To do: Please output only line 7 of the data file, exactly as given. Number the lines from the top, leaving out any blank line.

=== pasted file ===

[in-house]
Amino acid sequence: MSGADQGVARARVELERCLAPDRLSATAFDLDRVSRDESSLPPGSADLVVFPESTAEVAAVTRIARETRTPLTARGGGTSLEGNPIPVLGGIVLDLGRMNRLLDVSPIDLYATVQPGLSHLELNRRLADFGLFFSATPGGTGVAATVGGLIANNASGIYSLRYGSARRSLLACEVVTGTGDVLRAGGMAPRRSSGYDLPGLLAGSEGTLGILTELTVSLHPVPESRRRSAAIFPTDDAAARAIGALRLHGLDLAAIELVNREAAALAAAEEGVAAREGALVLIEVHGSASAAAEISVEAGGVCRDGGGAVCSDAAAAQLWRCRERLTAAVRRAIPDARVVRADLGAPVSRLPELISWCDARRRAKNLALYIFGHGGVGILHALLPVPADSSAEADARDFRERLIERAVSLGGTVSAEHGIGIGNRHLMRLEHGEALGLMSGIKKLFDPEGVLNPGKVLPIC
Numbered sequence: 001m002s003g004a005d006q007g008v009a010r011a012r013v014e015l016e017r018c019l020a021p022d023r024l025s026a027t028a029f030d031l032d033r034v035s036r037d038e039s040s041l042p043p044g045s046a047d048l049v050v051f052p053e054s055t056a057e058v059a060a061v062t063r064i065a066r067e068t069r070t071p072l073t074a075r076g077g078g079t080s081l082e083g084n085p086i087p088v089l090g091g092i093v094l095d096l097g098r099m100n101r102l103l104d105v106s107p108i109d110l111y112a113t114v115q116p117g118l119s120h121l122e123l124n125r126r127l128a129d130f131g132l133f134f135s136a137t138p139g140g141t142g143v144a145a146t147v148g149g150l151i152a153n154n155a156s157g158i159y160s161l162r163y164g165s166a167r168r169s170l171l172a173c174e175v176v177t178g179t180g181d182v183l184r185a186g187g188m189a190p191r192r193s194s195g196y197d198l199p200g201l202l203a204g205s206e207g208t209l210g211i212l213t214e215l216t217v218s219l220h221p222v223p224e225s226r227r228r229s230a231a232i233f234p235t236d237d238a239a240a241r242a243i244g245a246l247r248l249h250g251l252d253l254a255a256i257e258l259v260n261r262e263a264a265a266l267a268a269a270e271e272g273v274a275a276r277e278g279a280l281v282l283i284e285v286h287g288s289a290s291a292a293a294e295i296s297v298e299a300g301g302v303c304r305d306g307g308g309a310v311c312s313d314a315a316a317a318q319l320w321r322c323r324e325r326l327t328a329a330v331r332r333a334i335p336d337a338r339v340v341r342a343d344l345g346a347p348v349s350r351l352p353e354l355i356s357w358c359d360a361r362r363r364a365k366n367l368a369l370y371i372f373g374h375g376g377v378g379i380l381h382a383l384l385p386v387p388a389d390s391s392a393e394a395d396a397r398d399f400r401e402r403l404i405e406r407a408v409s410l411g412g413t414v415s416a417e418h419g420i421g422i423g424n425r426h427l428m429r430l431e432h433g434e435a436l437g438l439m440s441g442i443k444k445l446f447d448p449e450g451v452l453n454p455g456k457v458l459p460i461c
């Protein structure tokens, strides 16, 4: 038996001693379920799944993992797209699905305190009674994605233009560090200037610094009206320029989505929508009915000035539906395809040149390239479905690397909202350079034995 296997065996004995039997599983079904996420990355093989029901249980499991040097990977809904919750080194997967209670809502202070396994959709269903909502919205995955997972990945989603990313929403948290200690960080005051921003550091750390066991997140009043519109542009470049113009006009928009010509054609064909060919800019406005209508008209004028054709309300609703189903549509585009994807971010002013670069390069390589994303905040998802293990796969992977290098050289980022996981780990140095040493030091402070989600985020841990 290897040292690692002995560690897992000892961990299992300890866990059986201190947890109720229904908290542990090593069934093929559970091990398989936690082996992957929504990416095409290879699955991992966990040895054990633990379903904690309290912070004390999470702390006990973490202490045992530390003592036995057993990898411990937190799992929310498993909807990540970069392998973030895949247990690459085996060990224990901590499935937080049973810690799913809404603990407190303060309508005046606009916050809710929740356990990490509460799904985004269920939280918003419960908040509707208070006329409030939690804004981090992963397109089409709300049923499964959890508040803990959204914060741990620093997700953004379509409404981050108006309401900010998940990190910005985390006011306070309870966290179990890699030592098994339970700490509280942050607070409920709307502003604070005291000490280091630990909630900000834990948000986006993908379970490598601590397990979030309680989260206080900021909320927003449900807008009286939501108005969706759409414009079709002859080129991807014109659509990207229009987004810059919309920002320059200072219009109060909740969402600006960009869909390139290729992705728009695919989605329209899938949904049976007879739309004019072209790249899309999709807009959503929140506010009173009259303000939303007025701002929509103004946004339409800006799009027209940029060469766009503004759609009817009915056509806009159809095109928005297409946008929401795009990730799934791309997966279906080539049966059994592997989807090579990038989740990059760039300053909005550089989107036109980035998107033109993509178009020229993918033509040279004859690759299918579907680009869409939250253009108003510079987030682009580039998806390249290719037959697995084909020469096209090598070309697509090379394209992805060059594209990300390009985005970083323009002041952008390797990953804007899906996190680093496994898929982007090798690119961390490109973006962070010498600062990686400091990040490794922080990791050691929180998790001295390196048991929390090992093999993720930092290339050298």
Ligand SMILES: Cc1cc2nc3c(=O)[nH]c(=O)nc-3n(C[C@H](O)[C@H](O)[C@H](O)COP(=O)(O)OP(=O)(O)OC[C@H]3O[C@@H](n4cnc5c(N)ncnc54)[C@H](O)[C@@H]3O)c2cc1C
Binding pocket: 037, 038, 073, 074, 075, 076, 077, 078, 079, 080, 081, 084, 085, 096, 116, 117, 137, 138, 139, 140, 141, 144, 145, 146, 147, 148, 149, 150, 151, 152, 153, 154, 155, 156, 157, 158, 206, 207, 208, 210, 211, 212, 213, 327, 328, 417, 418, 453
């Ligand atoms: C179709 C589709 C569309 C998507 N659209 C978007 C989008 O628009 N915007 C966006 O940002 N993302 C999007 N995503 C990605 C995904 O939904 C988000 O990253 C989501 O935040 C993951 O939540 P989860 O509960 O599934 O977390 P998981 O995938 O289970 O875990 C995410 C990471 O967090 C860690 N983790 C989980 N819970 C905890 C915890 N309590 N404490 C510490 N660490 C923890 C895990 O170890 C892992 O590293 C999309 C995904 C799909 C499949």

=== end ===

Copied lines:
């Ligand atoms: C179709 C589709 C569309 C998507 N659209 C978007 C989008 O628009 N915007 C966006 O940002 N993302 C999007 N995503 C990605 C995904 O939904 C988000 O990253 C989501 O935040 C993951 O939540 P989860 O509960 O599934 O977390 P998981 O995938 O289970 O875990 C995410 C990471 O967090 C860690 N983790 C989980 N819970 C905890 C915890 N309590 N404490 C510490 N660490 C923890 C895990 O170890 C892992 O590293 C999309 C995904 C799909 C499949």